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Working Professionally with Children and Youth in Care
CYC-Online Issue 96 JANUARY 2007 / BACK
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postcard from leon fulcher

From Dublin

Happy 2007 as we start the new Chinese Year of the Pig! Those of you born under the lunar sign of the Pig (the last and 12th in the cycle of Chinese years) might be said to have good pedigrees as child and youth care workers. Those born under the sign of the Pig are said to enjoy life and all it has to offer, including family and friends. “Its better to give than to receive” may be their motto. Pigs are seemingly more comfortable giving of their own time or attention than about asking others for it. They don’t find it easy asking for help and rather carry their burdens themselves. Pigs will do anything to maintain the peace, even though others may take advantage.

Greetings from Dublin on a sunny day!

But I didn’t travel to Dublin to contemplate swine (and I really must apologise to my Muslim friends for inviting them to even think about pigs). I travelled to Dublin to facilitate a focus group of key informants with management expertise in the residential youth care sector. After conducting in-depth qualitative interviews with front-line and senior managers engaged in the residential youth care sector in Ireland, PhD candidate Gay Graham had identified a number of key success factors worthy of careful consideration by those seeking to develop core care processes with young people in her country. Gay invited colleagues with 111 years of combined residential management expertise to come together as a focus group to review the preliminary findings from her study and to highlight other key factors worthy of consideration.

Dublin's River Liffey contributes to traffic jams in the city

I anticipate that Gay’s research will yield very significant findings for the future of residential youth care in Ireland. She will be highlighting key success factors that are especially important for the development of responsive care services for Irish youths; factors that will also be of interest to those working in the sector elsewhere. Ireland has a unique history of child and youth care, a history that has been shaped by contributions made by the Catholic Church in support of communities and families. While many of the former children's homes, residential centres and training schools have now been closed in Ireland, the legacy of caring from that tradition continues through at least two or three generations of young people who grew up in care.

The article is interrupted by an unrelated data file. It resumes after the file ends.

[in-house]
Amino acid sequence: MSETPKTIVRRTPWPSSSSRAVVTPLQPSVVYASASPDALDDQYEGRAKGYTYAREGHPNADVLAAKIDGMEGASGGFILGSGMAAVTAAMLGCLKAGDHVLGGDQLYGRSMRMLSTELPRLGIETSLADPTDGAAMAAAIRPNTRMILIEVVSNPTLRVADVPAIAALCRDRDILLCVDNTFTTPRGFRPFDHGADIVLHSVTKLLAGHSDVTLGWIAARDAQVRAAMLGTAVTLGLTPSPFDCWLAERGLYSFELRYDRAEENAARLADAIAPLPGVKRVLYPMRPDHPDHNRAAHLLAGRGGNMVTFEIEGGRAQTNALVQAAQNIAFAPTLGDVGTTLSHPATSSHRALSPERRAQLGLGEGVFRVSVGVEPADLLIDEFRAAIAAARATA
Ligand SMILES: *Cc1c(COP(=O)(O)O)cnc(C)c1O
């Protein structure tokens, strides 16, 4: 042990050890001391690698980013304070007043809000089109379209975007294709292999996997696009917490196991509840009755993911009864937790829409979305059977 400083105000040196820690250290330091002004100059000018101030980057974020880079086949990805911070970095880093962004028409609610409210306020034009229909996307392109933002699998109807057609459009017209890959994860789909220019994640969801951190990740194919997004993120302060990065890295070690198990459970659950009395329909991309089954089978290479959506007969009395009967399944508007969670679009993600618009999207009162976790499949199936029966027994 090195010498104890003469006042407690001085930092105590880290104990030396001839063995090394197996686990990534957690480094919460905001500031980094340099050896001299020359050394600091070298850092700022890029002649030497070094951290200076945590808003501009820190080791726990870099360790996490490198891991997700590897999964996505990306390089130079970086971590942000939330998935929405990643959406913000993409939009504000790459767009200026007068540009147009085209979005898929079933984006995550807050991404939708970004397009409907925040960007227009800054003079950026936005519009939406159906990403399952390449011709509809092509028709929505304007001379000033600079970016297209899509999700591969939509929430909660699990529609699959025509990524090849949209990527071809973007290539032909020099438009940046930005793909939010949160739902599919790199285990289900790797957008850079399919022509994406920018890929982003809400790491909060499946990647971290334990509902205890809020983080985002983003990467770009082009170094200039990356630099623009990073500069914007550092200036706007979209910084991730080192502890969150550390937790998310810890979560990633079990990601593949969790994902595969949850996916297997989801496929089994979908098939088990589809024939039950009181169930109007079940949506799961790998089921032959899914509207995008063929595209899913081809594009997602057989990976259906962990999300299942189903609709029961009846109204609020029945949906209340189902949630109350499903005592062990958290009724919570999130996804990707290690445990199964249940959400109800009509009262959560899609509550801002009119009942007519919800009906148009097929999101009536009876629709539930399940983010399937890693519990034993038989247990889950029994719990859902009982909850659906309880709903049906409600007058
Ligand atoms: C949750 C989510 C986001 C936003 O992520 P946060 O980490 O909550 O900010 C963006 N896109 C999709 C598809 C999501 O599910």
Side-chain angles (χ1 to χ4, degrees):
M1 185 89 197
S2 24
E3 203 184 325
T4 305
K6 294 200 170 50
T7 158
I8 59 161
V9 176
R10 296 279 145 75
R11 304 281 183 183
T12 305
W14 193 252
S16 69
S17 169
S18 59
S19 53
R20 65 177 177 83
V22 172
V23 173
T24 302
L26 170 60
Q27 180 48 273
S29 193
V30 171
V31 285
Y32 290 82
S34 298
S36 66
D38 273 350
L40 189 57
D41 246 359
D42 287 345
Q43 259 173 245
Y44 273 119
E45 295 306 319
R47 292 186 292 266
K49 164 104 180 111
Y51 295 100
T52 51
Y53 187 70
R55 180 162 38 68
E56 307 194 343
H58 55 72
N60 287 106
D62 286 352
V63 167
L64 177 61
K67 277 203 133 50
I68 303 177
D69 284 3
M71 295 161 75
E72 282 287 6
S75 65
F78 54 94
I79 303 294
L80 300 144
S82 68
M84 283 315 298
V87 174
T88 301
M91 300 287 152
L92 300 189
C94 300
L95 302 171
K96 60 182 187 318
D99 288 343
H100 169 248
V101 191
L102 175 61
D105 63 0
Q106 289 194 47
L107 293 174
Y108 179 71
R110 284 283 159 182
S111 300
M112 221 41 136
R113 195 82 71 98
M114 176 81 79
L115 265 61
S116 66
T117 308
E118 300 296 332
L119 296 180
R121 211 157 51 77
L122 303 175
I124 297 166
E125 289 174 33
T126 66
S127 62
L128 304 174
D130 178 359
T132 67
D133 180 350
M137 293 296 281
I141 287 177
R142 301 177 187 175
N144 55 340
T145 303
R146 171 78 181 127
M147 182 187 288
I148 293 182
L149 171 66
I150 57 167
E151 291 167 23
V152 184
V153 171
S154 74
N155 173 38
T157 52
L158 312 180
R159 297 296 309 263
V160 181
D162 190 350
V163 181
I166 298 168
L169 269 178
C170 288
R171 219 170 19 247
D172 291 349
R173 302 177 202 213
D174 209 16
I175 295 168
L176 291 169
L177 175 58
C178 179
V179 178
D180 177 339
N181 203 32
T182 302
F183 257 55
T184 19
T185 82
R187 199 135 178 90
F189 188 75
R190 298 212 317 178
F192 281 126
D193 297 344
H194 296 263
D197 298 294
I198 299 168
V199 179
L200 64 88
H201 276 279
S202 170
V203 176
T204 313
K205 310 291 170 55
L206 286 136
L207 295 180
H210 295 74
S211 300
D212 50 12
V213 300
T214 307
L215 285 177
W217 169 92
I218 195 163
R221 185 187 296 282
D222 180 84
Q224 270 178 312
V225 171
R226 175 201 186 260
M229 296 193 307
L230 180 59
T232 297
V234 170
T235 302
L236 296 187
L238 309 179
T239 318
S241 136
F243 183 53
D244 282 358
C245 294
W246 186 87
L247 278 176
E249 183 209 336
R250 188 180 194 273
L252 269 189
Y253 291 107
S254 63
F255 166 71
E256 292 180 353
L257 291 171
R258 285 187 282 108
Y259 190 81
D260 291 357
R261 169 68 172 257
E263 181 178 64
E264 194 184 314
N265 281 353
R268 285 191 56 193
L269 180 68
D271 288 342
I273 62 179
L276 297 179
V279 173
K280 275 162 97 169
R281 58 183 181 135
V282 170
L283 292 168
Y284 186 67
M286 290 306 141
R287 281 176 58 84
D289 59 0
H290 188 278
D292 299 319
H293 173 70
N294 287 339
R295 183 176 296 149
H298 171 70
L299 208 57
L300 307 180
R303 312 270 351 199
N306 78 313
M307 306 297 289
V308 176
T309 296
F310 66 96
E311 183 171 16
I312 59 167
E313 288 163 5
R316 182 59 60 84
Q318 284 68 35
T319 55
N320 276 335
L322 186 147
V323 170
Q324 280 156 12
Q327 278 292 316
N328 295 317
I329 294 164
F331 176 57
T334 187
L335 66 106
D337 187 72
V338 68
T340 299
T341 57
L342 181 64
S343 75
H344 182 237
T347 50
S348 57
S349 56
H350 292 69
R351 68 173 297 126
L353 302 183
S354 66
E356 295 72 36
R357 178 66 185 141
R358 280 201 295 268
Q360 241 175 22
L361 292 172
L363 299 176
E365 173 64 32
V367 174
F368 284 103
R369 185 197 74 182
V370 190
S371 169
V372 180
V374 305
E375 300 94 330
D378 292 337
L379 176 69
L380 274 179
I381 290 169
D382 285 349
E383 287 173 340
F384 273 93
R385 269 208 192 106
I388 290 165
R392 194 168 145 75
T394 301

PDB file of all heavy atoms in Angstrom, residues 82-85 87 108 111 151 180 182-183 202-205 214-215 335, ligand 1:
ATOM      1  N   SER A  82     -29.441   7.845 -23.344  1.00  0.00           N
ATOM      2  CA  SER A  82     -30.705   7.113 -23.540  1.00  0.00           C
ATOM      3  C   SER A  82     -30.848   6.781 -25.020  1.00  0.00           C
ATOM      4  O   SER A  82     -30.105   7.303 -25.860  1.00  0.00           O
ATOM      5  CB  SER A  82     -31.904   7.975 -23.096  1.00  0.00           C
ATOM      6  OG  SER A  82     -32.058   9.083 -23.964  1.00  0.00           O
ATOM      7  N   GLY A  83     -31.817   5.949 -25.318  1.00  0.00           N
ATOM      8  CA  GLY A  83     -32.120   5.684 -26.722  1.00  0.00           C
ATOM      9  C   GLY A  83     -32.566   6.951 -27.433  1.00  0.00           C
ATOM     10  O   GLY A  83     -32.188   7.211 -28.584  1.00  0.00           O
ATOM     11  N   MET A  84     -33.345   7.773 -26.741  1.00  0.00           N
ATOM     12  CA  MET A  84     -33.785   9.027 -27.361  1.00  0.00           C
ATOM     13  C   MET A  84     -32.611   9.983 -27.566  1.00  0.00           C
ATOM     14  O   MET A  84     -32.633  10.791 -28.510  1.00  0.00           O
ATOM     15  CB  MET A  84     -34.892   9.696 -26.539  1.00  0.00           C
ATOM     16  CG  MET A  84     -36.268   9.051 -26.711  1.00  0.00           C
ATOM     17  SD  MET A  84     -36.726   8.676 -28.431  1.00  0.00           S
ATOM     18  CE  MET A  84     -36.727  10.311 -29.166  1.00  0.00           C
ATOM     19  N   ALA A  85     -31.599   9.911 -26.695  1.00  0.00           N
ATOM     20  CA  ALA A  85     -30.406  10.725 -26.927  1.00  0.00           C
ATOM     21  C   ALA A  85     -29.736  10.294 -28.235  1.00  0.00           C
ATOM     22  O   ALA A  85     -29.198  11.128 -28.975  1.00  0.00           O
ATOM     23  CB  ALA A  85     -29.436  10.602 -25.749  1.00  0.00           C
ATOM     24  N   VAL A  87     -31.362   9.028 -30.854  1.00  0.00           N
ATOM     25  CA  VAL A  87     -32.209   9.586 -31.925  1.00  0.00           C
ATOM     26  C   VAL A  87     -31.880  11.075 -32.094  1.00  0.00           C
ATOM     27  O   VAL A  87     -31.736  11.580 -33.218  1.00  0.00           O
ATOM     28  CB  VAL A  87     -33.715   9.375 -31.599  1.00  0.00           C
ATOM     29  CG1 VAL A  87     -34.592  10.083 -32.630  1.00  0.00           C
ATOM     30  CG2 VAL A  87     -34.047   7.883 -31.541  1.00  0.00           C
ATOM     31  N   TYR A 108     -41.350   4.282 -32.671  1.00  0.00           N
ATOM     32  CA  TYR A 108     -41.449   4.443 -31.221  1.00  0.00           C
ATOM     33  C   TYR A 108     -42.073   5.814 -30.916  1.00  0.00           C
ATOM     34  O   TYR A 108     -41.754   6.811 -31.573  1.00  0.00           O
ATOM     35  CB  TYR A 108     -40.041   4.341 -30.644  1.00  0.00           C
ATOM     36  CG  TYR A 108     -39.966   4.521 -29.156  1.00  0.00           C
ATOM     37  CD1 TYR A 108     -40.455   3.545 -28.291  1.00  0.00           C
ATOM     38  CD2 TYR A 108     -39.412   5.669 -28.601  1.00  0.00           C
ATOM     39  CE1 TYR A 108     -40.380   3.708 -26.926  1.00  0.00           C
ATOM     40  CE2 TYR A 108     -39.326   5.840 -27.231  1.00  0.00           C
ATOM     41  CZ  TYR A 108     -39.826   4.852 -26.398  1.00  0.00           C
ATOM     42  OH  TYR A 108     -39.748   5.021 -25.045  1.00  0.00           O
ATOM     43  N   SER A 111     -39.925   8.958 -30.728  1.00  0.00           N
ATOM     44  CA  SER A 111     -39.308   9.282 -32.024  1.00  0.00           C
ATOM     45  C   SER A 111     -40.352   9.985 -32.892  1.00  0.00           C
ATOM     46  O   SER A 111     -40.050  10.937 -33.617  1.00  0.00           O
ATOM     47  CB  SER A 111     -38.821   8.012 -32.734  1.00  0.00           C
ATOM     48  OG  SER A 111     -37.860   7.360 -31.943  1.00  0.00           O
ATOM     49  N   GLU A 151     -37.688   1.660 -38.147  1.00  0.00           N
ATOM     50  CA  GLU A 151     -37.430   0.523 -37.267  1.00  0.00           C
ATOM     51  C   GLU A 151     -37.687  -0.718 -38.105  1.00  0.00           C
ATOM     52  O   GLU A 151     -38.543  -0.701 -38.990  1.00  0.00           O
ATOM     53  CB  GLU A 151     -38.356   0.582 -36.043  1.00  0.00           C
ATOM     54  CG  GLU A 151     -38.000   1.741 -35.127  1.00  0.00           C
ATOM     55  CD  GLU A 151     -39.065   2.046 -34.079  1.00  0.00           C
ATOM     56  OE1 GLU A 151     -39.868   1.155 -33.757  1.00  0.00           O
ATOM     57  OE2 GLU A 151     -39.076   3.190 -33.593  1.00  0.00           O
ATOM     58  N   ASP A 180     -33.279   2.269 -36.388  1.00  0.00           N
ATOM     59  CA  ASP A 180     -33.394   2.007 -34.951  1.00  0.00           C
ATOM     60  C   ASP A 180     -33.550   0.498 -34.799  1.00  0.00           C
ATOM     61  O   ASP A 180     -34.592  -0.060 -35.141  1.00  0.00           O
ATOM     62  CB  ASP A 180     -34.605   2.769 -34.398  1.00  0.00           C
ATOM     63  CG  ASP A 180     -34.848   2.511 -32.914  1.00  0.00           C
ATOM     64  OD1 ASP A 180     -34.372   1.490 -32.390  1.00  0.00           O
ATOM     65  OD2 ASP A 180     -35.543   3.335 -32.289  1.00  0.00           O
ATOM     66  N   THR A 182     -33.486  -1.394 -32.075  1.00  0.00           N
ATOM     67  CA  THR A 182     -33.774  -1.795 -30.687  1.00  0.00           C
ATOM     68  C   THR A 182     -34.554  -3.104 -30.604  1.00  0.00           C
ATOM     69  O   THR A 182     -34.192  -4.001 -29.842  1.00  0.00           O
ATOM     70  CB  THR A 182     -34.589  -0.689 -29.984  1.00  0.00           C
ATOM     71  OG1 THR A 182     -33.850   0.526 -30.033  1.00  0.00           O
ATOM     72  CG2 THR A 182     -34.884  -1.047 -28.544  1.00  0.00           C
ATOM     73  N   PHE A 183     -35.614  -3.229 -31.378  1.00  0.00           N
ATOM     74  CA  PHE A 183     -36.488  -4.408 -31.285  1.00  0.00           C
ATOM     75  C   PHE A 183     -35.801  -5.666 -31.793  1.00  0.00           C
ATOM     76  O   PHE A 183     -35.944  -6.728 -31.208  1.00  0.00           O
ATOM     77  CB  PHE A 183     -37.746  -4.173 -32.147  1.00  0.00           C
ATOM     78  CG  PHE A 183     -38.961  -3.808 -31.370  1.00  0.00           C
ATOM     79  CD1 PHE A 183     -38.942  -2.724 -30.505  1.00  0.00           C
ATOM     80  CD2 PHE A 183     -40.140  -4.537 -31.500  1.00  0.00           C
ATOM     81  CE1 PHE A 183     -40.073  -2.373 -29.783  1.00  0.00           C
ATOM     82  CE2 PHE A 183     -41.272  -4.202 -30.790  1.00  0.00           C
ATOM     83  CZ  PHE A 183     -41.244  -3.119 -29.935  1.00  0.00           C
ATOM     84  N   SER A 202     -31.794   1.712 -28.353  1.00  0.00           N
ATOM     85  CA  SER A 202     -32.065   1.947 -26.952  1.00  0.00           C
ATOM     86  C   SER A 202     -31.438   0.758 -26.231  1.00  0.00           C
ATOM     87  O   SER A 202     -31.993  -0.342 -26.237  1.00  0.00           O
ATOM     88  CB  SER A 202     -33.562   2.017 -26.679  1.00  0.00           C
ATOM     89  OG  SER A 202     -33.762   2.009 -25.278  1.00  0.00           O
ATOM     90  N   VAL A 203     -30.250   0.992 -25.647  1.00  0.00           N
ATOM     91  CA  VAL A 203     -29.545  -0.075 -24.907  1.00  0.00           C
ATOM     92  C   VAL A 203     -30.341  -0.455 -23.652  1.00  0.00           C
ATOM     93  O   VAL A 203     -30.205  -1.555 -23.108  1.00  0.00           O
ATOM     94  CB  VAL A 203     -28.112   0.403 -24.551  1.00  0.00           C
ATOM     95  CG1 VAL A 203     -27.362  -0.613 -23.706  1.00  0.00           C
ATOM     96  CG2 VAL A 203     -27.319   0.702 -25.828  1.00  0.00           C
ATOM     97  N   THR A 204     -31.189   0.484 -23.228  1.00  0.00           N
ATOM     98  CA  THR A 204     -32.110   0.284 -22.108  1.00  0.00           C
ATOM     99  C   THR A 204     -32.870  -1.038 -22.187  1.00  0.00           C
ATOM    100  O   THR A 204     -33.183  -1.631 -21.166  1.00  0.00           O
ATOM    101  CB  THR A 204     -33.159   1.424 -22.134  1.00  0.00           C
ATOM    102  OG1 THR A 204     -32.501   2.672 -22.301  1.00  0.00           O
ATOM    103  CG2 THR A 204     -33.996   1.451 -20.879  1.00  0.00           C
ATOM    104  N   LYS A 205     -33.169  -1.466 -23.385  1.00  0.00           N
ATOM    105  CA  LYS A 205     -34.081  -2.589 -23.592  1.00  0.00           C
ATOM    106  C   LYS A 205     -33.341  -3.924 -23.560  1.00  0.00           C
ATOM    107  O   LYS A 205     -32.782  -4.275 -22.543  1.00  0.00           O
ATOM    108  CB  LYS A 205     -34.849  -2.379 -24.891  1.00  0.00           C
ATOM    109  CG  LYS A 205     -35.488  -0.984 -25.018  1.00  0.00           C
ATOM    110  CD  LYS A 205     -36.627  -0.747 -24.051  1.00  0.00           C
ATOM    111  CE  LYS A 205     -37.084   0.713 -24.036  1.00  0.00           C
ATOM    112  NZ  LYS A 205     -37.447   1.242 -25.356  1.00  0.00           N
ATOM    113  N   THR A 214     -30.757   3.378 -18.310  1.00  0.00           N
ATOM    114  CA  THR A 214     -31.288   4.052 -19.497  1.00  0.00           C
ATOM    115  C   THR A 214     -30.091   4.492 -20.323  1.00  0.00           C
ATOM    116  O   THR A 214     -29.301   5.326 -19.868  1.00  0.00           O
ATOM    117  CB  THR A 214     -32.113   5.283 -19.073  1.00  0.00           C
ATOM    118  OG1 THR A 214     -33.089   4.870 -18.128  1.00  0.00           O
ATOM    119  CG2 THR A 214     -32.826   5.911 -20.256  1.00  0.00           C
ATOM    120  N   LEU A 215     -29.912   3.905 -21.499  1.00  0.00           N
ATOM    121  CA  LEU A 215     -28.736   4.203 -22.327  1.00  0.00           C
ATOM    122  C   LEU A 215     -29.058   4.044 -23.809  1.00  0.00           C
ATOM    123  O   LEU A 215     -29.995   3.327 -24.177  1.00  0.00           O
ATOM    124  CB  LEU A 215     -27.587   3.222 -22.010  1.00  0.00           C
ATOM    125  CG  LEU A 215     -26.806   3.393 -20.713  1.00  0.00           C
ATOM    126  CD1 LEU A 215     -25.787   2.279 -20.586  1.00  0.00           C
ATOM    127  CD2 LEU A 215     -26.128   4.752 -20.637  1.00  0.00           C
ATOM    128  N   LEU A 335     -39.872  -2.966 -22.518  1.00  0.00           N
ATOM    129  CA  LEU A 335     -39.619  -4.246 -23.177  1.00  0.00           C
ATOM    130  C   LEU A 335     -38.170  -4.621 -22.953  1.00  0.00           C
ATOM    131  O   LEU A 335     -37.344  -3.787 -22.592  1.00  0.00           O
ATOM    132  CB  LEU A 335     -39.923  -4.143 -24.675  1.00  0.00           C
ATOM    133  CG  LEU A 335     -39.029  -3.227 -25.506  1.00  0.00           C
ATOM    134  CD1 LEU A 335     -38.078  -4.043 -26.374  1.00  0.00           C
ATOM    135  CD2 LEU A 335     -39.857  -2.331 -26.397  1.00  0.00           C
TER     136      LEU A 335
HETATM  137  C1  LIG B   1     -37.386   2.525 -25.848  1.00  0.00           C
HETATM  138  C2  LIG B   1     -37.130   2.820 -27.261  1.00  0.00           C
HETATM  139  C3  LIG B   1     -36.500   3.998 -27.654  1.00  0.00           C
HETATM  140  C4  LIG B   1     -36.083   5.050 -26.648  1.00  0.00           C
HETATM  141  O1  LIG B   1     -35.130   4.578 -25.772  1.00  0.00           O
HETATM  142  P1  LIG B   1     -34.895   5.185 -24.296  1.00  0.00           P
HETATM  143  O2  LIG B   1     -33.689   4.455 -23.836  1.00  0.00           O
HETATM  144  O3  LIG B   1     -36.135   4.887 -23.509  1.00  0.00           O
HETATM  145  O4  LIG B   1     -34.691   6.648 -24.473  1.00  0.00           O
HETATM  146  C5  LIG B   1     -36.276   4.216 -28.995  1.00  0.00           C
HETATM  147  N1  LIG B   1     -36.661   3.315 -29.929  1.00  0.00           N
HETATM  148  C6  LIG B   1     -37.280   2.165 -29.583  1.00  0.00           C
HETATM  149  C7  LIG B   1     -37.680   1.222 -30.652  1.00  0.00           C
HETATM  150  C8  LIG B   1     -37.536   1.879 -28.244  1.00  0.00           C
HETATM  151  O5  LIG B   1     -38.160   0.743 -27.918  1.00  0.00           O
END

The Old Galway Industrial Training School

But lest my photos imply that the sun always shines in Ireland, it is more truthful to report that during my most recent visit to Dublin, the sun was not shining. No doubt the sun was shining somewhere in Ireland, just not where I was during that visit. Indeed, records have been set for November “and now December “for the volume of rain that has fallen this year in Ireland and Scotland. The Scots have a unique vocabulary that captures distinctive nuances of weather in this part of the world. When someone says “it’s a guy, dreich day today” they mean its a very grey, bleak and miserable day. But lately the weather in Scotland and Ireland has reached even lower depths. The Scots word that applies is “drookit” or drenched with rain! You–ll understand when I say that I’m ready for sunshine! Happy New Year!

Seasons Greetings for 2007 and the Chinese Year of the Pig!

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